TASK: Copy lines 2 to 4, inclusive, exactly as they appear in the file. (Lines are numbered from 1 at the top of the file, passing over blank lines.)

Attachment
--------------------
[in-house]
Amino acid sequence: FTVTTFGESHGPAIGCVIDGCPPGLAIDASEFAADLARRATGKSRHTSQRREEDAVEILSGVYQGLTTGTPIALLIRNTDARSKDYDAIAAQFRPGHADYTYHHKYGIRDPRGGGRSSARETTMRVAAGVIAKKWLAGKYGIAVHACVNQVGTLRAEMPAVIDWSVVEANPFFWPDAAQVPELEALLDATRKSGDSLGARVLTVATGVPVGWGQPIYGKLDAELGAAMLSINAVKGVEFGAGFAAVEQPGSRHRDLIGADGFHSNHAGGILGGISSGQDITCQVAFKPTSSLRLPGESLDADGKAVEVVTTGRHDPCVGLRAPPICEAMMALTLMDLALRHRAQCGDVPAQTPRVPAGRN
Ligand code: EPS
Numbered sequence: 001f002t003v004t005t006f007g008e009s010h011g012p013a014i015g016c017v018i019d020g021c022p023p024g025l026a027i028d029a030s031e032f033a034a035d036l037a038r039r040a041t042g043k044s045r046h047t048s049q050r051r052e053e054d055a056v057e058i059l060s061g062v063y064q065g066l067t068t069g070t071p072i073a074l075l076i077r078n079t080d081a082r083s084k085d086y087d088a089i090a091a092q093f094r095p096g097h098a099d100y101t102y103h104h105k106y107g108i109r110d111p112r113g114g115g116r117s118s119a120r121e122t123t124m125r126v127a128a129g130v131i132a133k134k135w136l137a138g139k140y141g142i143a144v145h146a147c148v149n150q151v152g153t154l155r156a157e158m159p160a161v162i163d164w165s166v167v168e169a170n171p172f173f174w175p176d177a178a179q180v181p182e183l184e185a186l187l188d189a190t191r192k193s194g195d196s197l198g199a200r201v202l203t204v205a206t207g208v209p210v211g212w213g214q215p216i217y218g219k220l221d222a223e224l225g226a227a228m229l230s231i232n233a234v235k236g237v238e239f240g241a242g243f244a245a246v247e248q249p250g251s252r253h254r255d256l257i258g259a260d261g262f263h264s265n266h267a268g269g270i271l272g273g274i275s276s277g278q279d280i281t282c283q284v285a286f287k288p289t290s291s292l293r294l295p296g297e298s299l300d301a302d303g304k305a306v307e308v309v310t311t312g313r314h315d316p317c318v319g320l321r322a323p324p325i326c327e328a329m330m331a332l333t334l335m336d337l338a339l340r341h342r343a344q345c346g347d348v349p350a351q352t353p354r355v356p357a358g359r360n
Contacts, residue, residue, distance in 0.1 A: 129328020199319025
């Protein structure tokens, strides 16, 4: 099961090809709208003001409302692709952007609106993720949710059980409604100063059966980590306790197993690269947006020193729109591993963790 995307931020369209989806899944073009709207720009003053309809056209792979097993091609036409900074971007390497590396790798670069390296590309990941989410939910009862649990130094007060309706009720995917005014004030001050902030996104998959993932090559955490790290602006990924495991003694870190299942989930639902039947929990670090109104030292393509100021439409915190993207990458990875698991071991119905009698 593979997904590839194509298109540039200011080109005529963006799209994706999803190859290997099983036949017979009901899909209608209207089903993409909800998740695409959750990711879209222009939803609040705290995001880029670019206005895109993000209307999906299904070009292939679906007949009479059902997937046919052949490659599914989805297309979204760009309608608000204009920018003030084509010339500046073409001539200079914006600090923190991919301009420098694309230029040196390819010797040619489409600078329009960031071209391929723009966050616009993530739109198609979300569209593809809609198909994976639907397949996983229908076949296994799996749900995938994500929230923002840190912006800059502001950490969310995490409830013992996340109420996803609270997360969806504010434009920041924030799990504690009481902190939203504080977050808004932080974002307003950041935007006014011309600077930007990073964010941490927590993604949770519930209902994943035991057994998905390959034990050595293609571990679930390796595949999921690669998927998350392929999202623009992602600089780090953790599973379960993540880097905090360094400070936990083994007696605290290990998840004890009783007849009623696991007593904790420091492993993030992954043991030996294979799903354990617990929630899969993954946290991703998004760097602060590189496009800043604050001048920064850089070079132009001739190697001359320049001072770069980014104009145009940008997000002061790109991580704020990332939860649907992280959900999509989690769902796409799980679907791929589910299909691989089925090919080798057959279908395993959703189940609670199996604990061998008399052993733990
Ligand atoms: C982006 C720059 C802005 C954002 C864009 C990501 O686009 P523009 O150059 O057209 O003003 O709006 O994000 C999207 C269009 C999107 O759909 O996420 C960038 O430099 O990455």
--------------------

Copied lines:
Amino acid sequence: FTVTTFGESHGPAIGCVIDGCPPGLAIDASEFAADLARRATGKSRHTSQRREEDAVEILSGVYQGLTTGTPIALLIRNTDARSKDYDAIAAQFRPGHADYTYHHKYGIRDPRGGGRSSARETTMRVAAGVIAKKWLAGKYGIAVHACVNQVGTLRAEMPAVIDWSVVEANPFFWPDAAQVPELEALLDATRKSGDSLGARVLTVATGVPVGWGQPIYGKLDAELGAAMLSINAVKGVEFGAGFAAVEQPGSRHRDLIGADGFHSNHAGGILGGISSGQDITCQVAFKPTSSLRLPGESLDADGKAVEVVTTGRHDPCVGLRAPPICEAMMALTLMDLALRHRAQCGDVPAQTPRVPAGRN
Ligand code: EPS
Numbered sequence: 001f002t003v004t005t006f007g008e009s010h011g012p013a014i015g016c017v018i019d020g021c022p023p024g025l026a027i028d029a030s031e032f033a034a035d036l037a038r039r040a041t042g043k044s045r046h047t048s049q050r051r052e053e054d055a056v057e058i059l060s061g062v063y064q065g066l067t068t069g070t071p072i073a074l075l076i077r078n079t080d081a082r083s084k085d086y087d088a089i090a091a092q093f094r095p096g097h098a099d100y101t102y103h104h105k106y107g108i109r110d111p112r113g114g115g116r117s118s119a120r121e122t123t124m125r126v127a128a129g130v131i132a133k134k135w136l137a138g139k140y141g142i143a144v145h146a147c148v149n150q151v152g153t154l155r156a157e158m159p160a161v162i163d164w165s166v167v168e169a170n171p172f173f174w175p176d177a178a179q180v181p182e183l184e185a186l187l188d189a190t191r192k193s194g195d196s197l198g199a200r201v202l203t204v205a206t207g208v209p210v211g212w213g214q215p216i217y218g219k220l221d222a223e224l225g226a227a228m229l230s231i232n233a234v235k236g237v238e239f240g241a242g243f244a245a246v247e248q249p250g251s252r253h254r255d256l257i258g259a260d261g262f263h264s265n266h267a268g269g270i271l272g273g274i275s276s277g278q279d280i281t282c283q284v285a286f287k288p289t290s291s292l293r294l295p296g297e298s299l300d301a302d303g304k305a306v307e308v309v310t311t312g313r314h315d316p317c318v319g320l321r322a323p324p325i326c327e328a329m330m331a332l333t334l335m336d337l338a339l340r341h342r343a344q345c346g347d348v349p350a351q352t353p354r355v356p357a358g359r360n